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Judge accused for mocking an accent

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Dozens of medical and legal experts have filed a complaint with the Canadian Judicial Council against an Alberta judge, alleging he made comments that could be perceived as racist about a medical examiner from Nigeria.

Queen’s Bench Justice Terry Clackson made the comments in the Lethbridge trial of David and Collet Stephan. Last week, Clackson found the parents not guilty of failing to provide the necessaries of life in the death of their 18-month-old son Ezekiel in 2012.

The couple testified they thought their son had croup and used herbal remedies to treat him. They called for an ambulance when he stopped breathing, but he later died in hospital.

A letter dated Thursday signed by 42 doctors and lawyers from across the country asks the judicial council to investigate Clackson’s comments about Dr BamideleAdeagbo.

“In reading Justice Clackson’s reasons, he makes a number of ad hominem attacks on Dr Adeagbo which lack a judicial mien, and in which some may perceive racism,” the letter says.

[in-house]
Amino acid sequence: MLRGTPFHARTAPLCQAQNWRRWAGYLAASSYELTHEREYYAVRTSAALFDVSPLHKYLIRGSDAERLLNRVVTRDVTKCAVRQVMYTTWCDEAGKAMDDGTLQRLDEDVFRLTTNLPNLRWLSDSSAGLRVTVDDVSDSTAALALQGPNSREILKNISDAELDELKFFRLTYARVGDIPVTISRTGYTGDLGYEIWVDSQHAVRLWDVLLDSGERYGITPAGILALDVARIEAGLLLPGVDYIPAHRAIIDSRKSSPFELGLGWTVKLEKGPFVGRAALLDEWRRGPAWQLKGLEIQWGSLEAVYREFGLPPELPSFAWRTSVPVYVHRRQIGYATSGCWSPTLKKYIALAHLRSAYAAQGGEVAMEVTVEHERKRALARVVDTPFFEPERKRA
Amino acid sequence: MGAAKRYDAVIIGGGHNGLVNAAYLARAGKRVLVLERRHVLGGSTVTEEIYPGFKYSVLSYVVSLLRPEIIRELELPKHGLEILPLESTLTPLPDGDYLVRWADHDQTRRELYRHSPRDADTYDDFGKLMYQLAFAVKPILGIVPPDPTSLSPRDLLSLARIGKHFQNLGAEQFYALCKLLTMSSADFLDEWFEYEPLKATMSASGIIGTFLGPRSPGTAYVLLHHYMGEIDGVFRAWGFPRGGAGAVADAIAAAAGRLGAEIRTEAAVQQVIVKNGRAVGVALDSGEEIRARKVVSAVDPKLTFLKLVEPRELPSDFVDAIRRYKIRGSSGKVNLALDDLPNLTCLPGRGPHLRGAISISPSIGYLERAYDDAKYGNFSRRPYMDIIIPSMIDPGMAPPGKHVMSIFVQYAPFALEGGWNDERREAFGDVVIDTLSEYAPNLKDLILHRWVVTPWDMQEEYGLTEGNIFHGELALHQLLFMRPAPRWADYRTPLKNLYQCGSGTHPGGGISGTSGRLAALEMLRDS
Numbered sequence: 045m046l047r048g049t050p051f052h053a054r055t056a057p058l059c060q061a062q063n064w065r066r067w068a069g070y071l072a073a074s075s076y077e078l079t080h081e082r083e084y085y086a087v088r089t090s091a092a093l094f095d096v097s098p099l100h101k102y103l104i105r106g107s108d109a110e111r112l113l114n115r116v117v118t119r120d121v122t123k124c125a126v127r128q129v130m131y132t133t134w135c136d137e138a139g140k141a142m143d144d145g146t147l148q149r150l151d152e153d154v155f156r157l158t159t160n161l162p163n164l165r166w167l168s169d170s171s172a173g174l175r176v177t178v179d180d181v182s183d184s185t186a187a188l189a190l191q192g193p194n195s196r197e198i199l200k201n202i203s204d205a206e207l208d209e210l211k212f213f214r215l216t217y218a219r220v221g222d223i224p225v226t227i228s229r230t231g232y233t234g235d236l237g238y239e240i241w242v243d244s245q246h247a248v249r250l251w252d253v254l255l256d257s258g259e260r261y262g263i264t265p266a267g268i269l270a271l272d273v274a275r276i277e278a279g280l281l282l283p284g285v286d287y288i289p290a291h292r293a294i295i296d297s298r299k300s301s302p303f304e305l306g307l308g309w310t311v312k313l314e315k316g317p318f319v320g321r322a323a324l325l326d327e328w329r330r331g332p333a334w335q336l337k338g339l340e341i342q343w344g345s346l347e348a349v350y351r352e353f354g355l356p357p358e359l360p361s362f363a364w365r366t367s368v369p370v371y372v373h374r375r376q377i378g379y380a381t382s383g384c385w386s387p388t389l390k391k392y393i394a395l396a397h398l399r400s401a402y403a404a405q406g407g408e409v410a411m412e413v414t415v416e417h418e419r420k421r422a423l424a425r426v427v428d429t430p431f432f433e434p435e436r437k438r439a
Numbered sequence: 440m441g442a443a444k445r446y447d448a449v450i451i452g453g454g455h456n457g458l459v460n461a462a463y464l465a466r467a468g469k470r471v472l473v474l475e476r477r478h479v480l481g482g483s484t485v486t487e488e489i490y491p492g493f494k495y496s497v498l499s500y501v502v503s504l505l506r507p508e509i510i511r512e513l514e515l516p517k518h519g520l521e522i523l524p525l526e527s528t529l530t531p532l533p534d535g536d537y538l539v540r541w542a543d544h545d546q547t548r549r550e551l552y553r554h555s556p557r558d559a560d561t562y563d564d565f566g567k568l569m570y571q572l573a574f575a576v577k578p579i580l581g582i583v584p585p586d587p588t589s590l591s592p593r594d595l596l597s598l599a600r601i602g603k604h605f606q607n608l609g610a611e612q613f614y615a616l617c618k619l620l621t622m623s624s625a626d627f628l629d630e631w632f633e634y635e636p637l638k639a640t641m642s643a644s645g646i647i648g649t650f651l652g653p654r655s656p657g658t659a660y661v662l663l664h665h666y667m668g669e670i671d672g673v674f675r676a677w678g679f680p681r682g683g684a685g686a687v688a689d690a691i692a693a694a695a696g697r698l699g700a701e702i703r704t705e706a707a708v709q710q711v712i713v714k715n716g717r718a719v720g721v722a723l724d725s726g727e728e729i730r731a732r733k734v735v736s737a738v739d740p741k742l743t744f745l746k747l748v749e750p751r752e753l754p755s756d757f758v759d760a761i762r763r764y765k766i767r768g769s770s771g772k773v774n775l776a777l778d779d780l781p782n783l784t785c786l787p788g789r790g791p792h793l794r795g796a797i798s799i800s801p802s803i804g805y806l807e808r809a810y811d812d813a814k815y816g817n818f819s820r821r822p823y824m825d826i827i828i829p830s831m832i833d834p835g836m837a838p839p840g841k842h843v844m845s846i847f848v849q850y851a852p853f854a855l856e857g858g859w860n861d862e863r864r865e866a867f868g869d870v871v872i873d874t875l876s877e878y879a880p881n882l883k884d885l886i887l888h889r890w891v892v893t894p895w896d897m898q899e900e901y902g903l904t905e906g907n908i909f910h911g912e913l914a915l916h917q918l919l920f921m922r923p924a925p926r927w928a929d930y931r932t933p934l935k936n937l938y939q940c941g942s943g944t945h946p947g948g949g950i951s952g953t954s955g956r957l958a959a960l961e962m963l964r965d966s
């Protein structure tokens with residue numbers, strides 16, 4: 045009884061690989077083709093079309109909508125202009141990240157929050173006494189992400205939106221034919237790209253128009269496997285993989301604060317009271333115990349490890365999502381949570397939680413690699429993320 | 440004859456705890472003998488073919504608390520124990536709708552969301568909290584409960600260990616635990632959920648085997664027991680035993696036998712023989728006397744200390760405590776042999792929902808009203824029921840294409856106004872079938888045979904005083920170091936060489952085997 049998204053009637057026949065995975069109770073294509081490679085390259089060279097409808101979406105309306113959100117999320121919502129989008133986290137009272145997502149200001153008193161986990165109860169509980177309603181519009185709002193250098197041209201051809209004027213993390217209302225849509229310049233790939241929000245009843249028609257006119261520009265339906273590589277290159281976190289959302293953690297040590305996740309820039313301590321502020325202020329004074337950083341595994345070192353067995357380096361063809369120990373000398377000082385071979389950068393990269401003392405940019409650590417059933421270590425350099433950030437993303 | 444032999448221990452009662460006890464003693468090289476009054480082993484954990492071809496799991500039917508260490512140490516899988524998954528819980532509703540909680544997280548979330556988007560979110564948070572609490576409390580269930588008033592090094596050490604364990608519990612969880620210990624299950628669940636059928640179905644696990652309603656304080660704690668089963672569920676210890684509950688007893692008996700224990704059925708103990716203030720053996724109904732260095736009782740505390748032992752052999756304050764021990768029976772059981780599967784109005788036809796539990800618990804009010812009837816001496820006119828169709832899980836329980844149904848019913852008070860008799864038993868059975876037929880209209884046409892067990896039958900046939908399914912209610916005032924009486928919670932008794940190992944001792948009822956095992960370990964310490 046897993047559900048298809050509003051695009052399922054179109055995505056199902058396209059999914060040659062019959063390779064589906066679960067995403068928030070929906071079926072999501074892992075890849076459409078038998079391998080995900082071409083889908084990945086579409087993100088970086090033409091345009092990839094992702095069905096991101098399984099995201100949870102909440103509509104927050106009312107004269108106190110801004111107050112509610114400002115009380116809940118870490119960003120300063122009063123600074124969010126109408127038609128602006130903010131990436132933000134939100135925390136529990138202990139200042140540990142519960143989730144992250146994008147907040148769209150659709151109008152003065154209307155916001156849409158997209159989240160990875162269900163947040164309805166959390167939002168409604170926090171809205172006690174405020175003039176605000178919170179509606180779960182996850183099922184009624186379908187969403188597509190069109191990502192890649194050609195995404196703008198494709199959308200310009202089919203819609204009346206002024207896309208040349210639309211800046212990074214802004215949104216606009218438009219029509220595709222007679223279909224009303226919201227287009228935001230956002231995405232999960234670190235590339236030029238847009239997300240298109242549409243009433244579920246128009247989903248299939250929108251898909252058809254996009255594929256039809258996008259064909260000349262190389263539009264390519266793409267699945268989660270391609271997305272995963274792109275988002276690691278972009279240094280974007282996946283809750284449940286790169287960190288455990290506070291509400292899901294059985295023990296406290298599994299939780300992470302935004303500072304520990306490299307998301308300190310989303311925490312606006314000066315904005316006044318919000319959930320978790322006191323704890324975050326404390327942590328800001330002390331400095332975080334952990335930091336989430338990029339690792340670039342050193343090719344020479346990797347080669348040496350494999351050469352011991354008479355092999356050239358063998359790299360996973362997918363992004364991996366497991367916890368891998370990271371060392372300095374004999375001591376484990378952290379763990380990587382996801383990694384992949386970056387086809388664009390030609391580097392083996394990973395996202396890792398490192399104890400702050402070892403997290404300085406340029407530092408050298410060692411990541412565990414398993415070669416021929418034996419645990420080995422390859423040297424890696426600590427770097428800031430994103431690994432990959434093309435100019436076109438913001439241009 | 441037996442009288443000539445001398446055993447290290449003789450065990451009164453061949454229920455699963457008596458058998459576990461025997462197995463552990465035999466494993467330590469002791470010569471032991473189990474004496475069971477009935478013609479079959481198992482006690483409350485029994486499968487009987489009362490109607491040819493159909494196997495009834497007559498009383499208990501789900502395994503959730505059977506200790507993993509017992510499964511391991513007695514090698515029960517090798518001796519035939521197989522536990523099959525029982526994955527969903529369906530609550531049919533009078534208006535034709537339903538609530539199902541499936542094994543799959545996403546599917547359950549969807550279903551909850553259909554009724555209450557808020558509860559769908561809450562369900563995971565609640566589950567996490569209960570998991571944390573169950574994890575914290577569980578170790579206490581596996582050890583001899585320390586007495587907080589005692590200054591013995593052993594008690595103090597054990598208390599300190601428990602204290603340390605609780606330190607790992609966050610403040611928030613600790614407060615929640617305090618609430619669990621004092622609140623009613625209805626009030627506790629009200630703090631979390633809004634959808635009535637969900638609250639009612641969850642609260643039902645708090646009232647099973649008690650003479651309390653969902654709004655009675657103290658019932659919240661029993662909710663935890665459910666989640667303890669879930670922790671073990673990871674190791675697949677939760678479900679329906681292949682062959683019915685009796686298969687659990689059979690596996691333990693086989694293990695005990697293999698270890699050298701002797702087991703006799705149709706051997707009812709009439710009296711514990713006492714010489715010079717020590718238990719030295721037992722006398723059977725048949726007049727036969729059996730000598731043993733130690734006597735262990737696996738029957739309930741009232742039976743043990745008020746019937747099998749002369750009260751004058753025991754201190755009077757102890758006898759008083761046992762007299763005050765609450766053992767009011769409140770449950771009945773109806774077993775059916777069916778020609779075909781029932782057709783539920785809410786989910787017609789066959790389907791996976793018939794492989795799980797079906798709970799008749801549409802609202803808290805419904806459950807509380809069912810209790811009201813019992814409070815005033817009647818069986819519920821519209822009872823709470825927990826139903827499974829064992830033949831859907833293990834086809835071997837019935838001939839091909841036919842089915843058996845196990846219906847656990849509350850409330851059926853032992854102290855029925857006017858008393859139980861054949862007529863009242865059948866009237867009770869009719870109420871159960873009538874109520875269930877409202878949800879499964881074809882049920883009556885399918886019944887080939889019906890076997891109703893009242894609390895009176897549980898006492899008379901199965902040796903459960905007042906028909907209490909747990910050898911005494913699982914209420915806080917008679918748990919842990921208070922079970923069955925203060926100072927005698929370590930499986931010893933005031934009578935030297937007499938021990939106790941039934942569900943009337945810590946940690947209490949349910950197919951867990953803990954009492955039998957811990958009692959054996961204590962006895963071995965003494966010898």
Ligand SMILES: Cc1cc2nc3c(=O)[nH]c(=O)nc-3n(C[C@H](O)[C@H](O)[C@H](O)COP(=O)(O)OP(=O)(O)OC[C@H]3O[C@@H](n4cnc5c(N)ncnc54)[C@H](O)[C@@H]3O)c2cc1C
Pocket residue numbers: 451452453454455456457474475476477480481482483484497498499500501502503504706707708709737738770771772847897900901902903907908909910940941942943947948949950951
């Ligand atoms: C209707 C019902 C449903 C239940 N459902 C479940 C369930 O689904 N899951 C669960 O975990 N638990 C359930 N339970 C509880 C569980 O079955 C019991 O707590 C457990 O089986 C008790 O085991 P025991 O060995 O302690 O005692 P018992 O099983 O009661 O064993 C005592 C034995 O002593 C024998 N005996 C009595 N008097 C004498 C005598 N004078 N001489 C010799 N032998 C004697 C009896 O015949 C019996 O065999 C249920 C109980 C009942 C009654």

Norman Sabourin, executive director and senior general counsel with the Canadian Judicial Council, confirmed Friday it had received the complaint but was unable to provide a copy of it.

“Council takes seriously all allegations of misconduct against judges,” Sabourin said, adding over 80 per cent of all complaints are reviewed within three months.

In his written decision in the trial, Clackson took issue with Adeagbo’s inability to communicate with the court.

“His ability to articulate his thoughts in an understandable fashion was severely compromised by his garbled enunciation; his failure to use appropriate endings for plurals and past tenses; his failure to use the appropriate definite and indefinite articles; his repeated emphasis of the wrong syllables; dropping his Hs; mispronouncing his vowels; and the speed of his responses,”

Clackson wrote.

The judge, without explanation, also called out Adeagbo for “body language and physical antics … not the behaviours usually associated with a rational, impartial professional imparting opinion evidence.”

Darryl Ruether, executive legal counsel for Alberta’s Court of Queen’s Bench, said the court is aware of the complaint against Clackson, who will continue to sit on the bench while it is investigated. He provided no further comment.

University of Calgary bioethicist Juliet Guichon was one of the experts who helped write the letter. She said Clackson’s words were shocking.

An Alberta Justice department spokesman said he can’t comment on the complaint. “That said, we, of course, believe that all Albertans deserve to be treated with dignity,” said Dan Laville.


He added that no decision has been made on whether the Crown will appeal Clackson’s verdict.

The trial was the second for the Stephans. A jury convicted the couple in 2016 but the Supreme Court of Canada ordered a new trial.

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